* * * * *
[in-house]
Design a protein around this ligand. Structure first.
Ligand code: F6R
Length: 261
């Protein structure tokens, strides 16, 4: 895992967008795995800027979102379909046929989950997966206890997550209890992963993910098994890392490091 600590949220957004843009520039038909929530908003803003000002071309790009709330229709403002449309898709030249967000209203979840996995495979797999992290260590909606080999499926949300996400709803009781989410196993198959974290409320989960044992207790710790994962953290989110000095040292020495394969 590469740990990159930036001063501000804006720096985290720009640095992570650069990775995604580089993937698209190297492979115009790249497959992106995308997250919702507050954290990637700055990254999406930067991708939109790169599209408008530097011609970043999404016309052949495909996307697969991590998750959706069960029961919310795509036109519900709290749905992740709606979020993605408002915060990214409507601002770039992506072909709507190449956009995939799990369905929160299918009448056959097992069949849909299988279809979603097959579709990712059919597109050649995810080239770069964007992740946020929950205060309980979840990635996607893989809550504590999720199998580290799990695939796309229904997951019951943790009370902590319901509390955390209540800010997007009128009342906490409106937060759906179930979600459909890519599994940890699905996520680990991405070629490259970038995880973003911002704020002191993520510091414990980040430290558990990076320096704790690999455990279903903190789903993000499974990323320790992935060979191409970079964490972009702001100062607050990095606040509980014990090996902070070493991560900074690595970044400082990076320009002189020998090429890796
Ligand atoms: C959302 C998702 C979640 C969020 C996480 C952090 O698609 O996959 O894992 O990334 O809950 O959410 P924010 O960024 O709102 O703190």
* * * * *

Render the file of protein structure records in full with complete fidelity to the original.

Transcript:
[in-house]
Design a protein around this ligand. Structure first.
Ligand code: F6R
Length: 261
């Protein structure tokens, strides 16, 4: 895992967008795995800027979102379909046929989950997966206890997550209890992963993910098994890392490091 600590949220957004843009520039038909929530908003803003000002071309790009709330229709403002449309898709030249967000209203979840996995495979797999992290260590909606080999499926949300996400709803009781989410196993198959974290409320989960044992207790710790994962953290989110000095040292020495394969 590469740990990159930036001063501000804006720096985290720009640095992570650069990775995604580089993937698209190297492979115009790249497959992106995308997250919702507050954290990637700055990254999406930067991708939109790169599209408008530097011609970043999404016309052949495909996307697969991590998750959706069960029961919310795509036109519900709290749905992740709606979020993605408002915060990214409507601002770039992506072909709507190449956009995939799990369905929160299918009448056959097992069949849909299988279809979603097959579709990712059919597109050649995810080239770069964007992740946020929950205060309980979840990635996607893989809550504590999720199998580290799990695939796309229904997951019951943790009370902590319901509390955390209540800010997007009128009342906490409106937060759906179930979600459909890519599994940890699905996520680990991405070629490259970038995880973003911002704020002191993520510091414990980040430290558990990076320096704790690999455990279903903190789903993000499974990323320790992935060979191409970079964490972009702001100062607050990095606040509980014990090996902070070493991560900074690595970044400082990076320009002189020998090429890796
Ligand atoms: C959302 C998702 C979640 C969020 C996480 C952090 O698609 O996959 O894992 O990334 O809950 O959410 P924010 O960024 O709102 O703190």